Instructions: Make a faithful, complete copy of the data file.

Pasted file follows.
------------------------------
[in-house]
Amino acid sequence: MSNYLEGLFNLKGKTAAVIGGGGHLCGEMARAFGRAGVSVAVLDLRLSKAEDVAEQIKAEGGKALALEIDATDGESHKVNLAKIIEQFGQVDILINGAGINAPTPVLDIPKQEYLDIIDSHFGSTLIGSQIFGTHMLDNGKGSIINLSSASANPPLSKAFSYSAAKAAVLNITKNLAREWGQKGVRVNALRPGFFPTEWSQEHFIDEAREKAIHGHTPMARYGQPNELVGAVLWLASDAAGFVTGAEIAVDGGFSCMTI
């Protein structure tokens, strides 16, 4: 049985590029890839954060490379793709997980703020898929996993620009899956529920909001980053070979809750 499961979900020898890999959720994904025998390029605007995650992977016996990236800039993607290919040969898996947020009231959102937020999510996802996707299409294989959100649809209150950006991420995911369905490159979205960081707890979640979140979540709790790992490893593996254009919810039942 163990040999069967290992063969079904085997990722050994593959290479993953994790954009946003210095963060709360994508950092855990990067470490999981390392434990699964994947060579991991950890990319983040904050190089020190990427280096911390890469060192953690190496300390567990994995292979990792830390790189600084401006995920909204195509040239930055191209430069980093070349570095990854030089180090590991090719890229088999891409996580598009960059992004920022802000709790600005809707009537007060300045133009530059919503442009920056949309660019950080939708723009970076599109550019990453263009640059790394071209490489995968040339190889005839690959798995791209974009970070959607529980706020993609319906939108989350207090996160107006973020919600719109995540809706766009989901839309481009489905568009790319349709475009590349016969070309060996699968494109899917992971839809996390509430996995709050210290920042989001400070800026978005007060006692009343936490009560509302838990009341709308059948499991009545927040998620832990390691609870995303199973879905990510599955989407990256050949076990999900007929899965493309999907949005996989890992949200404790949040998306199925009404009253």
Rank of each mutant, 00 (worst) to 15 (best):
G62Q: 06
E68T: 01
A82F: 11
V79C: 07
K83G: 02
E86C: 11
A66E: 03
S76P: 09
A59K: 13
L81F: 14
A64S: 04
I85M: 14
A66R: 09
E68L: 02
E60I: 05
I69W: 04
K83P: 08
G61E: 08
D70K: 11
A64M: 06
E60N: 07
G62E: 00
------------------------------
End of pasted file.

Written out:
[in-house]
Amino acid sequence: MSNYLEGLFNLKGKTAAVIGGGGHLCGEMARAFGRAGVSVAVLDLRLSKAEDVAEQIKAEGGKALALEIDATDGESHKVNLAKIIEQFGQVDILINGAGINAPTPVLDIPKQEYLDIIDSHFGSTLIGSQIFGTHMLDNGKGSIINLSSASANPPLSKAFSYSAAKAAVLNITKNLAREWGQKGVRVNALRPGFFPTEWSQEHFIDEAREKAIHGHTPMARYGQPNELVGAVLWLASDAAGFVTGAEIAVDGGFSCMTI
């Protein structure tokens, strides 16, 4: 049985590029890839954060490379793709997980703020898929996993620009899956529920909001980053070979809750 499961979900020898890999959720994904025998390029605007995650992977016996990236800039993607290919040969898996947020009231959102937020999510996802996707299409294989959100649809209150950006991420995911369905490159979205960081707890979640979140979540709790790992490893593996254009919810039942 163990040999069967290992063969079904085997990722050994593959290479993953994790954009946003210095963060709360994508950092855990990067470490999981390392434990699964994947060579991991950890990319983040904050190089020190990427280096911390890469060192953690190496300390567990994995292979990792830390790189600084401006995920909204195509040239930055191209430069980093070349570095990854030089180090590991090719890229088999891409996580598009960059992004920022802000709790600005809707009537007060300045133009530059919503442009920056949309660019950080939708723009970076599109550019990453263009640059790394071209490489995968040339190889005839690959798995791209974009970070959607529980706020993609319906939108989350207090996160107006973020919600719109995540809706766009989901839309481009489905568009790319349709475009590349016969070309060996699968494109899917992971839809996390509430996995709050210290920042989001400070800026978005007060006692009343936490009560509302838990009341709308059948499991009545927040998620832990390691609870995303199973879905990510599955989407990256050949076990999900007929899965493309999907949005996989890992949200404790949040998306199925009404009253």
Rank of each mutant, 00 (worst) to 15 (best):
G62Q: 06
E68T: 01
A82F: 11
V79C: 07
K83G: 02
E86C: 11
A66E: 03
S76P: 09
A59K: 13
L81F: 14
A64S: 04
I85M: 14
A66R: 09
E68L: 02
E60I: 05
I69W: 04
K83P: 08
G61E: 08
D70K: 11
A64M: 06
E60N: 07
G62E: 00